Company mentions: Infarm, recently raised a $200M series D funding. We expect Infarm to take a top global position in the impact food and agriculture sector. A major contender in the solar energy and power storage sector is Zolar, who have already experienced a 139% team growth this year. Electric aircraft manufacturer Volocopter, is also an exciting company to keep an eye on, having raised $241M Series D in 2021.
Sweden is another country with a thriving startup scene, with €1.6B invested in Swedish startups since 2016, 54% of which is in renewable energy. As a country, Sweden has a notorious reputation for low greenhouse gas emissions, consistently reducing its emissions at a faster pace than the EU average since 2005. As of 2018, it had the lowest greenhouse gas emissions per capita in the European Union. In 2020, according to EY’s A Green Covid-19 Recovery and Resilience Plan for Europe Sweden came out on top as the number one country for the number of cleantech projects per million inhabitants. Cleantech for Europe’s 2021 report also named Sweden as the undisputed 2021 EU cleantech investment leader, both in terms of amounts invested, and investment per capita. Dealroom’s 2021 report also confirms Sweden as first in Europe and fourth globally for climate tech investment over the past five years.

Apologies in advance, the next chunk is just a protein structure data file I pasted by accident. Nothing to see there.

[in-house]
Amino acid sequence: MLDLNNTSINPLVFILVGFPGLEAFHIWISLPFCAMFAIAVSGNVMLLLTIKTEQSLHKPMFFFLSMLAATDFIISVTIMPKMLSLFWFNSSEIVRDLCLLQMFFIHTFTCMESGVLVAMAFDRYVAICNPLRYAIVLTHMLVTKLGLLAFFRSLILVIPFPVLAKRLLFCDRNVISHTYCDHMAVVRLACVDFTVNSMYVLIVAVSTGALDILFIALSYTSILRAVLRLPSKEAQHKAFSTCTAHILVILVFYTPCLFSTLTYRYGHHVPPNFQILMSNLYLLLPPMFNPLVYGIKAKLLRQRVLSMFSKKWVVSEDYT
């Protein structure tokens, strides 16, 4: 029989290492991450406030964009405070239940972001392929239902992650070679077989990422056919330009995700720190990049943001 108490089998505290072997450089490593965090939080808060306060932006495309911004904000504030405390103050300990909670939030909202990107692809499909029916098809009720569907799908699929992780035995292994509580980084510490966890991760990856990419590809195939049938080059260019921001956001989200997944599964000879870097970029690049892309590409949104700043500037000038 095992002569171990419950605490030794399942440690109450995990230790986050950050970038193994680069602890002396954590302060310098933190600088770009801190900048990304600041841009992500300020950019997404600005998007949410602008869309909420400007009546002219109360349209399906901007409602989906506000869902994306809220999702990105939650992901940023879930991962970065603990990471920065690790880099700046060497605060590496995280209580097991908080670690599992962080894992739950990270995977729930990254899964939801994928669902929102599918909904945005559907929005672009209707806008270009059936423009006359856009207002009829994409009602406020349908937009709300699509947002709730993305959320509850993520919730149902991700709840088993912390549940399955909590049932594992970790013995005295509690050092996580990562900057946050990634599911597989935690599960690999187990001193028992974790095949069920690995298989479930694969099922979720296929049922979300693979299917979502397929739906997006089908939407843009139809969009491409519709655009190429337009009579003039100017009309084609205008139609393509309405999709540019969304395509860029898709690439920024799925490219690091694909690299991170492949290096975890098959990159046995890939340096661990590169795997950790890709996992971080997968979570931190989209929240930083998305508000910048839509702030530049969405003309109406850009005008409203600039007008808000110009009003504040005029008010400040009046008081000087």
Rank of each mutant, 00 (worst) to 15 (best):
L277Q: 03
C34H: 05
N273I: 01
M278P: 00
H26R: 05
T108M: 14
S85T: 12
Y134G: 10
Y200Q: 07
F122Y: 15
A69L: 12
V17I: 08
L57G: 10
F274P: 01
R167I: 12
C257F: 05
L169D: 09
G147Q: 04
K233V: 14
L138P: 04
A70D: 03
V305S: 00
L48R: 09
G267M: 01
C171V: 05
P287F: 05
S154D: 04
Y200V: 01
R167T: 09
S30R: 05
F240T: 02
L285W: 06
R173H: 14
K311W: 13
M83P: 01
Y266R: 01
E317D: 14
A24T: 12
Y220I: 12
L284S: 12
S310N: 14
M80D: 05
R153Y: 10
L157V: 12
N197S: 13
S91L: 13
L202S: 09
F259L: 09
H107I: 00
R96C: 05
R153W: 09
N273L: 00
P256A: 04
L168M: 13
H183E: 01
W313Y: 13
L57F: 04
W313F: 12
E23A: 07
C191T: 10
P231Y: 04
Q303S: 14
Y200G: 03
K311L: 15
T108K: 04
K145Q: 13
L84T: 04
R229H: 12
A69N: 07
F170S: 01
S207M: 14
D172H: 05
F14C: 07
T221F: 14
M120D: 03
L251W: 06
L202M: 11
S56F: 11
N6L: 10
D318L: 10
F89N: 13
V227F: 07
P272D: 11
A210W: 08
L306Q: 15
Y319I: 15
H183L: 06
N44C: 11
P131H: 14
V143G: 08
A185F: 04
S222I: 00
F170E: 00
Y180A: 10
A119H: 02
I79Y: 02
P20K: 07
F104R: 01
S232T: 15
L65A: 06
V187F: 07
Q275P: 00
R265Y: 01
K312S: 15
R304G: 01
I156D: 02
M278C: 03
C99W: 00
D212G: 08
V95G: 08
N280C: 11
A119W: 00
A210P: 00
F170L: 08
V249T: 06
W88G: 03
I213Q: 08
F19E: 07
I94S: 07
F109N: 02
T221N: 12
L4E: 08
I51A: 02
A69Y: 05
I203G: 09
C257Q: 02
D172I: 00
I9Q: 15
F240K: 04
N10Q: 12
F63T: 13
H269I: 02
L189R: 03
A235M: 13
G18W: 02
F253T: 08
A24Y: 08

Eco-innovation is at the heart of Sweden’s national environmental policy strategy. The European Commission states Sweden being at the forefront in developing new technologies in bioenergy, smart grids, green building, waste and recycling, green vehicle technologies, water resource management, ocean energy and solar power. Sweden is also perfectly exemplary in showing the possibility of combining economic growth with a decreased carbon footprint.
Company mentions: Battery manufacturer Northvolt had one of the biggest investments rounds globally in 2021, raising $2.75B in equity financing. Voi also reached Unicorn status in 2021, becoming the second highest valued unicorn in e-scooters and e-bicycles.
To some, Luxembourg may be an unlikely contender as a climate action inspiration, unsurprisingly. It has the highest per capita greenhouse gas emission levels per inhabitant. However, it has also delivered one of the steepest reductions of 34% between 2005 and 2019. Since then, it has crept up the rankings of the Eco-innovation index, now holding the number 1 position.
Luxembourg has a long-standing prominent position in investment funds and capital markets, so perhaps it is not astonishing that it retains its position in financial trends, including the pivot towards green and sustainable finance. The country now takes the reins in the development of new products and services in sustainable finance and is set to reach trillions in the next 5 years. Notably, it was also one of the first countries to list green bonds in Europe. Climate-innovation and the circular economy are implemented by a wide range of public authorities in Luxembourg and are complemented by other strategies and roadmaps, such as the 2018 Sustainable Finance Roadmap. As Luxembourg increasingly stimulates climate policy, the production of climate tech products and continues to support R&D in climate tech, whilst continuing to be a chief investment hub, we expect Luxembourg to be extremely significant for the future of climate tech.